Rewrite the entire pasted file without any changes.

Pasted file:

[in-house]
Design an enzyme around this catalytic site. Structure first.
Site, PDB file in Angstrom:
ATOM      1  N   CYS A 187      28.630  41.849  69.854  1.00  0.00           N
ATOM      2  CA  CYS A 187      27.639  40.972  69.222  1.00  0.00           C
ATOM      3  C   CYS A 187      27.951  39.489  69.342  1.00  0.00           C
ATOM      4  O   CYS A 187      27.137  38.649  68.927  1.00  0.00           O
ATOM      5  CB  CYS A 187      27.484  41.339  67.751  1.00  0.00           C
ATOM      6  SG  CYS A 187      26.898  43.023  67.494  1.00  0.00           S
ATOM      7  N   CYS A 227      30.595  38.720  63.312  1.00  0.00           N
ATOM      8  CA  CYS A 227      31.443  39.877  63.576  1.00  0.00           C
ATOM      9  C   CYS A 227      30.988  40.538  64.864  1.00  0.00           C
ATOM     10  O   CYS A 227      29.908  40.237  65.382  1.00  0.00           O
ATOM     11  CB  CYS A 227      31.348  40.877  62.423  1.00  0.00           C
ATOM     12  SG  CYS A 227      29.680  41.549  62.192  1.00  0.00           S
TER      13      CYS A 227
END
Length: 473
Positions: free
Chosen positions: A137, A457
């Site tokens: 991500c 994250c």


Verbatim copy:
[in-house]
Design an enzyme around this catalytic site. Structure first.
Site, PDB file in Angstrom:
ATOM      1  N   CYS A 187      28.630  41.849  69.854  1.00  0.00           N
ATOM      2  CA  CYS A 187      27.639  40.972  69.222  1.00  0.00           C
ATOM      3  C   CYS A 187      27.951  39.489  69.342  1.00  0.00           C
ATOM      4  O   CYS A 187      27.137  38.649  68.927  1.00  0.00           O
ATOM      5  CB  CYS A 187      27.484  41.339  67.751  1.00  0.00           C
ATOM      6  SG  CYS A 187      26.898  43.023  67.494  1.00  0.00           S
ATOM      7  N   CYS A 227      30.595  38.720  63.312  1.00  0.00           N
ATOM      8  CA  CYS A 227      31.443  39.877  63.576  1.00  0.00           C
ATOM      9  C   CYS A 227      30.988  40.538  64.864  1.00  0.00           C
ATOM     10  O   CYS A 227      29.908  40.237  65.382  1.00  0.00           O
ATOM     11  CB  CYS A 227      31.348  40.877  62.423  1.00  0.00           C
ATOM     12  SG  CYS A 227      29.680  41.549  62.192  1.00  0.00           S
TER      13      CYS A 227
END
Length: 473
Positions: free
Chosen positions: A137, A457
């Site tokens: 991500c 994250c």